To determine the role of the individual LpxD enzymes in the synthesis of lipid A, lpxD1-null (ΔlpxD1) and lpxD2-null (ΔlpxD2) Fn mutant strains were generated by allelic replacement (30) (Fig. S3A). To maintain functional architecture of the lpxD1/fabZ/lpxA/lpxB operon, the entire lpxD1 gene was replaced by the lpxD2 gene fused to a kanamycin resistance cassette, resulting in the duplication of lpxD2; construction of this mutant as a single knockout strain unexpectedly resulted in a lethal phenotype at 37 °C, although lethality was not confirmed at lower growth temperatures. For the ΔlpxD2 mutant strain, the lpxD2 gene was replaced by the kanamycin resistance cassette (Fig. S3B). Lipid A isolated from either the ΔlpxD1 or ΔlpxD2 mutants showed markedly different MS profiles after growth at different temperatures (18 °C, 25 °C, and 37 °C) compared with the wild-type (WT) Fn. Negative ion MS analysis of lipid A isolated from the ΔlpxD1 mutant after growth at all temperatures showed a dominant peak at m/z 1609 (Fig. 3 AC), corresponding to a lipid A molecule with the shorter acyl chains (3-OH-C16) attached at the 2 and 2′ positions. In contrast, the dominant ion observed for the ΔlpxD2 mutant was m/z 1665 (Fig. 3 EG), corresponding to a lipid A molecule with longer acyl chains (3-OH-C18). Complementation in trans with a WT copy of the respective lpxD gene (pMP831-lpxD1 or -lpxD2) resulted in the synthesis of the previously observed WT lipid A structure in these null mutant strains. These results strongly suggest that the LpxD acyltransferase enzymes are responsible for the temperature-regulated alterations in the environmental or mammalian lipid A phenotype with LpxD1 for the addition of longer acyl chains and LpxD2 for shorter acyl chains. The distribution (Fig. 3 D and H) and selectivity and relative amounts of the individual acyl chains were confirmed by MS analysis (Table S1).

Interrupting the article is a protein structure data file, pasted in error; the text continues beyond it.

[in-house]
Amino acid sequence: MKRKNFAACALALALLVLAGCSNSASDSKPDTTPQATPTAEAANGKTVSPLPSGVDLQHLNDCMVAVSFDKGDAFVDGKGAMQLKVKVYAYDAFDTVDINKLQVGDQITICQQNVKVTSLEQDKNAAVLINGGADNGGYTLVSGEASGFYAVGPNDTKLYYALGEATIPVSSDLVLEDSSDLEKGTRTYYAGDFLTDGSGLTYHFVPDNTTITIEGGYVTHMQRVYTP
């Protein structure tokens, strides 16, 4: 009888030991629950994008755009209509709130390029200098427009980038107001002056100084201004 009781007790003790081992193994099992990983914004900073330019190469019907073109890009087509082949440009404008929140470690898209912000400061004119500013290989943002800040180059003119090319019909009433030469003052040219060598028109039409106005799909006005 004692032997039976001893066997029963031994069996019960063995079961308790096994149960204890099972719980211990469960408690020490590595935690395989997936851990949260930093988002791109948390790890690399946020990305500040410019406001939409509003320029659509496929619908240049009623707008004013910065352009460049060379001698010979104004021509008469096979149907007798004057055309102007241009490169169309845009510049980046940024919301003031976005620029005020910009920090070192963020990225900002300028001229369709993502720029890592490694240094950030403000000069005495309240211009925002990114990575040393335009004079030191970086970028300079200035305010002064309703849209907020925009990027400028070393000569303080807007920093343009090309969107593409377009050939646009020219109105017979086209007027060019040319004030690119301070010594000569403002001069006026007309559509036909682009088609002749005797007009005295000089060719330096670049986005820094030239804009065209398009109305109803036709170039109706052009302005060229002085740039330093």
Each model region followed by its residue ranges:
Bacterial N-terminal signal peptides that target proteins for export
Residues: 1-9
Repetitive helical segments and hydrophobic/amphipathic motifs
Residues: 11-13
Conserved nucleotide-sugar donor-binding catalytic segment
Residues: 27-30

Fig. 3.
Characterization of Fn lipid A from lpxD1-null and lpxD2-null mutants by negative ion MALDI-TOF MS. MS of lipid A from Fn lpxD1-null mutant grown at 18 °C (A), 25 °C (B), and 37 °C (C), respectively. Dominant lipid A peaks were ...

Transcriptional Regulation of LpxD1 and LpxD2.